Memorial day boosts business |

Memorial day boosts business

Jane Reuter

SUMMIT COUNTY – An unseasonable snow storm Friday pushed Memorial Day weekend off to a sluggish start, but by Sunday, local merchants said consumers were making up for lost time.

Rental bikes were zooming out the doors of sport shops, gas stations were selling plenty of fuel and camping items, and the Log Cabin Cafe had its usual Sunday morning wait.

All things considered, retailers said it wasn’t too bad.

“We’ve picked up quite a bit in the last two days,” said Tom Landfried, manager of Silverthorne’s Coastal Mart, “much better than it’s been in the last two months.

“When Vail Pass was closed (Friday, because of the weather), we were pretty busy. We’ve sold lots of firewood to people who are camping or have second homes … so I hope they’re burning it properly.”

“We had a line most of the day (Sunday),” said Log Cabin Cafe manager Suzanne Ripp. “But (Saturday) wasn’t busy. I think the weekend is probably going to be very similar, despite the snow.”

Some shop owners said outdoor enthusiasts held back until Sunday because while Saturday may have been snowfree, there was still a definite nip in the air.

“We have had a ton of people renting bikes (Sunday),” said Cullen Barker of Frisco’s Wilderness Sports. “Surprisingly enough, we rented probably 90 percent of our bikes. It’s been a good weekend. Hopefully, this will be the kickoff for the summer.”

“This is probably the first big bike rental day of the season,” agreed Chris Kulick, manager of Breckenridge’s Great Adventure Sports. “I think it got warm too late in the day Saturday.”

“The weekend seems about average,” said Ron’s Texaco co-owner Larry Lewark. “We never plan on it being that big of a weekend. It starts getting busy in mid-June, then it really goes clear into September.”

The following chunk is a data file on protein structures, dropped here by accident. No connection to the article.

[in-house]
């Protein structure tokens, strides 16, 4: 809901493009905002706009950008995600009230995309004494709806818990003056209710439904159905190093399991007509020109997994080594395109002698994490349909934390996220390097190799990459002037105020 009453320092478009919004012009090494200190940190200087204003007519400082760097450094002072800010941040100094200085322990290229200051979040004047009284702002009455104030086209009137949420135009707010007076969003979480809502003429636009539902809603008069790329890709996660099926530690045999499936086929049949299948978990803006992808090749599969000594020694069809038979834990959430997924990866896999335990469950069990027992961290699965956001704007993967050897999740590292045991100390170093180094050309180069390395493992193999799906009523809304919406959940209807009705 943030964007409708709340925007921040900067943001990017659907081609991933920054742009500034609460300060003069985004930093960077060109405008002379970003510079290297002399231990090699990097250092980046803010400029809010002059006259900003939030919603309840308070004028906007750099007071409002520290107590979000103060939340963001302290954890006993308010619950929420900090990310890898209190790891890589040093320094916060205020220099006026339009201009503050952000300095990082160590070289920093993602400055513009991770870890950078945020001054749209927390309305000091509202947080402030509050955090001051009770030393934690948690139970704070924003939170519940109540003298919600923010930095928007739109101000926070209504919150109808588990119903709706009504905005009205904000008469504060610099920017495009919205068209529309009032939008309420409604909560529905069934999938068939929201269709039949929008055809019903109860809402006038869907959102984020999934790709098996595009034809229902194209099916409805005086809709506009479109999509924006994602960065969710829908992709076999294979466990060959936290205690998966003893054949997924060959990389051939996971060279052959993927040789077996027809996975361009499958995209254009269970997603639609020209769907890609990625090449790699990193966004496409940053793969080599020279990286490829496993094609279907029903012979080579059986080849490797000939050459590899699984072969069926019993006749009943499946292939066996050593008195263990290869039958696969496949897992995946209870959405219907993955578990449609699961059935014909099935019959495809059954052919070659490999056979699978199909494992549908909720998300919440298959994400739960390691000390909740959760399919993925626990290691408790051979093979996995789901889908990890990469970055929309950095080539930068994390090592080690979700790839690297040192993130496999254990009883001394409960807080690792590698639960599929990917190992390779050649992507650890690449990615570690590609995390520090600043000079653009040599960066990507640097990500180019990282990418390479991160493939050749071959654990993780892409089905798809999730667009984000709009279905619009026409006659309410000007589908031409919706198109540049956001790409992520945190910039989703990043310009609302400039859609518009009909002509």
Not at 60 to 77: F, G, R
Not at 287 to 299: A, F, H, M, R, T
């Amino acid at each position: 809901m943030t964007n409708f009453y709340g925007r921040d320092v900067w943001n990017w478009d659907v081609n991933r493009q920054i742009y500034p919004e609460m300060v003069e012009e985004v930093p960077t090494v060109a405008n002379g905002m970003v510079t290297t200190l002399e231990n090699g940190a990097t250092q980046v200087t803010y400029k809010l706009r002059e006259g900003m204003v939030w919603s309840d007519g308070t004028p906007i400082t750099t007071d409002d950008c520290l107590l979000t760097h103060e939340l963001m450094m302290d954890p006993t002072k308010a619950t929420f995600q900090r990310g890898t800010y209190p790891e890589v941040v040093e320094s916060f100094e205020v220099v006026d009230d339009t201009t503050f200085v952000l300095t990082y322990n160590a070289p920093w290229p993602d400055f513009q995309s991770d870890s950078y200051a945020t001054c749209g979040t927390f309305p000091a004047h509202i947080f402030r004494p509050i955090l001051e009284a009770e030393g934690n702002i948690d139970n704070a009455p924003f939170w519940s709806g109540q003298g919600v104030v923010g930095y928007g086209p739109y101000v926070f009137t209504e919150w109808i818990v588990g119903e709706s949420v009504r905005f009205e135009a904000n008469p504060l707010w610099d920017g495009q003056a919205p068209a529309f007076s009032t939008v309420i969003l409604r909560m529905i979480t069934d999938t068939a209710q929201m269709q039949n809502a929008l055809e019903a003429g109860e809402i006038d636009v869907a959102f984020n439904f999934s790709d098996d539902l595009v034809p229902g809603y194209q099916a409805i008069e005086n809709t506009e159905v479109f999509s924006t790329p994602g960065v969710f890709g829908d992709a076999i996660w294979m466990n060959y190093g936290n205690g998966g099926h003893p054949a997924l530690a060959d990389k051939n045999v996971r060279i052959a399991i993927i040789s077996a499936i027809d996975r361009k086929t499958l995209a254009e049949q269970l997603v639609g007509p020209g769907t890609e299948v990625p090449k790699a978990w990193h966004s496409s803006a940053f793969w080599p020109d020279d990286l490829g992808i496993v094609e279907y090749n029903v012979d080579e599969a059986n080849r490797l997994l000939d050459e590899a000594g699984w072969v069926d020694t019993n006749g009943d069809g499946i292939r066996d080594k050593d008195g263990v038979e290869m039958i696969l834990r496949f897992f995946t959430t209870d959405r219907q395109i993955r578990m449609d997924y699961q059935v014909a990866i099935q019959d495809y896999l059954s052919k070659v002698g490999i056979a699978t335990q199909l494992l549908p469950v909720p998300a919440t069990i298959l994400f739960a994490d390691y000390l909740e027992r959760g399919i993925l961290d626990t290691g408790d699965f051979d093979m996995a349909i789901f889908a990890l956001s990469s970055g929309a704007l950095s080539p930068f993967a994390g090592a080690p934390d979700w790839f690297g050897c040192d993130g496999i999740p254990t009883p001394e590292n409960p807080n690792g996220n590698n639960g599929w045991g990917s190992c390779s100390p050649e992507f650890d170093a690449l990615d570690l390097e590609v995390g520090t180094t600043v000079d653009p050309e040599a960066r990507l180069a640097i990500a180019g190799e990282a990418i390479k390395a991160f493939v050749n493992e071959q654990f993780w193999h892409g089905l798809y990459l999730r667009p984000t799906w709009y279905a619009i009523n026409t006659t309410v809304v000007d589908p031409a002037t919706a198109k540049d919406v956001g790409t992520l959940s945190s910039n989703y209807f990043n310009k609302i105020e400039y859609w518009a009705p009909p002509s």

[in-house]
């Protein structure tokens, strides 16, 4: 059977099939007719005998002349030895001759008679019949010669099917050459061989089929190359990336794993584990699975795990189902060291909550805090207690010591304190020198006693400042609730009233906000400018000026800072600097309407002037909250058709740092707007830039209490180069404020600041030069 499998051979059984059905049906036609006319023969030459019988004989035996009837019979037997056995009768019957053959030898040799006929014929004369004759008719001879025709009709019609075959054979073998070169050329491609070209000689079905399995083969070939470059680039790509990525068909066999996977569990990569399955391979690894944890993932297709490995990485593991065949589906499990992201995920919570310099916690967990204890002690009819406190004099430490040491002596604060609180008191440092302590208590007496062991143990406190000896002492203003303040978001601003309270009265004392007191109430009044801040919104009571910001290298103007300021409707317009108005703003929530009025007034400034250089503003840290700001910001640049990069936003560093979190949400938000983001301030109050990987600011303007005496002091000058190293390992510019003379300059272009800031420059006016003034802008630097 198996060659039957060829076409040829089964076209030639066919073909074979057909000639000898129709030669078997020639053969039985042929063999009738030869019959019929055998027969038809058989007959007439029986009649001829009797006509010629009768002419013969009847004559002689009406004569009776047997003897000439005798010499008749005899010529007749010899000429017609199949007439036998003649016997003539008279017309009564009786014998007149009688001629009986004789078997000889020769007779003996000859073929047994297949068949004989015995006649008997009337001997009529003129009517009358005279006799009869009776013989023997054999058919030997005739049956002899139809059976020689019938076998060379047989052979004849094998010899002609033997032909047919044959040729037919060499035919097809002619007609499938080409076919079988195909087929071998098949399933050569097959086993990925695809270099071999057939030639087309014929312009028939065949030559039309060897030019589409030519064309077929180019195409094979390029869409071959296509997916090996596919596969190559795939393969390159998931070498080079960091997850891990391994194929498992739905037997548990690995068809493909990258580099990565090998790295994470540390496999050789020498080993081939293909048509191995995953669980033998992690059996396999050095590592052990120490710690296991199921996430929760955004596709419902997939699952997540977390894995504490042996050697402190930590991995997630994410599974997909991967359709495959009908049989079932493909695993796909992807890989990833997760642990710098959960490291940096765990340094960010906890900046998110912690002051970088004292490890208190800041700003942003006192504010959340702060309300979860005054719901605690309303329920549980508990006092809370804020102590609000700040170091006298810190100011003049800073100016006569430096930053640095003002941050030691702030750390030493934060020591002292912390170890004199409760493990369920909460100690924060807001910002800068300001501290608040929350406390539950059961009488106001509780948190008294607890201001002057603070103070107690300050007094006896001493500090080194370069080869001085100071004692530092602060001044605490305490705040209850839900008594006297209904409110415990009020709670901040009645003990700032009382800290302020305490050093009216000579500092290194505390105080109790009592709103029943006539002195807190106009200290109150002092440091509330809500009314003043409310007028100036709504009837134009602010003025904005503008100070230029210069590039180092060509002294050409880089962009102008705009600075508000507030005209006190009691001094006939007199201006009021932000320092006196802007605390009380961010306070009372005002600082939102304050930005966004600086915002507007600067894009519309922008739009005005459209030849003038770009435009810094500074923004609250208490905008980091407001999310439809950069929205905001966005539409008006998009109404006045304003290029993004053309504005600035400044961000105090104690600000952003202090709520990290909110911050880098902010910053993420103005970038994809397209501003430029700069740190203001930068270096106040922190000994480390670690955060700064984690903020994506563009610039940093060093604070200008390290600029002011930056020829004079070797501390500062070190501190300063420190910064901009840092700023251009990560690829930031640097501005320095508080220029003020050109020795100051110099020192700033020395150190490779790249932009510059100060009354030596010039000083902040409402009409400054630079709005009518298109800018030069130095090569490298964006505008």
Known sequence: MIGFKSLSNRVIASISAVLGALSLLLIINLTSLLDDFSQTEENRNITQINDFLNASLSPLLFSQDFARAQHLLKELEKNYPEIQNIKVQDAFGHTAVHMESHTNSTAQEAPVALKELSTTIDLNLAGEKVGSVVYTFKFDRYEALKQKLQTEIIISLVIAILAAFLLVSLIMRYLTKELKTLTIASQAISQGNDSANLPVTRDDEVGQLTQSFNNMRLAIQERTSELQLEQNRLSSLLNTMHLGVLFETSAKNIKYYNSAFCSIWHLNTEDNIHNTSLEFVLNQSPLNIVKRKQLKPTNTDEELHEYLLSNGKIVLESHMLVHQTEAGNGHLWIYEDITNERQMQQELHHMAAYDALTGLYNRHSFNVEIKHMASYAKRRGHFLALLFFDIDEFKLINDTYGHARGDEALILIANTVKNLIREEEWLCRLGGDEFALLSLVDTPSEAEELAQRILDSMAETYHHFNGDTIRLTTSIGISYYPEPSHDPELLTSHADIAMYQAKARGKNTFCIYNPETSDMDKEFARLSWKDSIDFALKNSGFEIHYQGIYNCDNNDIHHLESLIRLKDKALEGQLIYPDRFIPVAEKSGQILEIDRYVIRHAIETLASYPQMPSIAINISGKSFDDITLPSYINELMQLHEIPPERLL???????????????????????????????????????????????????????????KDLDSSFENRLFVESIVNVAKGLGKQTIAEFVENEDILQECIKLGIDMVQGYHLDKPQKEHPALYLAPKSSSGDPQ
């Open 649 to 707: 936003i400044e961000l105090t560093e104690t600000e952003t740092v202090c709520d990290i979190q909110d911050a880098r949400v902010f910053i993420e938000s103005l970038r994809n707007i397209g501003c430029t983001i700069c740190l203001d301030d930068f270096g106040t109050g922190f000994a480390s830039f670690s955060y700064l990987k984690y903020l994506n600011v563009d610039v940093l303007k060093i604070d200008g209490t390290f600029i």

Traffic watchers at the Eisenhower Tunnel also say it’s pretty normal, a bit quieter than most Memorial Day weekends.

“A year ago, we saw about 38,000 (on Saturday) in both directions for 24 hours; this year, we saw 34,000,” said Rod Henderson, tunnel superintendent. “This year is a little cooler, and it was snowing all day Friday.”

All this seemingly normal traffic had helped calm the fears of retailers who fear Sept. 11 will make people hesitant to travel this summer.

“So far, our figures have been close to normal, not as bad as we’d expected after 9-11,” said Lovie Schaeffer, manager of Goods in Breckenridge.

Or in light of the drought that has kept Dillon Reservoir far from its normal levels. While that early snow melt runoff may not bode well for water lovers, it’s revved up the bike business.

“From what we’ve seen so far, because of the really dry weather early on, the bike business has been the strongest it’s ever been,” Kulick said. “We’re selling bikes much earlier than usual. It seemed like the locals were all ready for summer. I couldn’t imagine it’d be great for the boat business, but it’s been really good for the bike business so far.”

Jane Reuter can be reached at 668-3998, ext. 229, or by e-mail at

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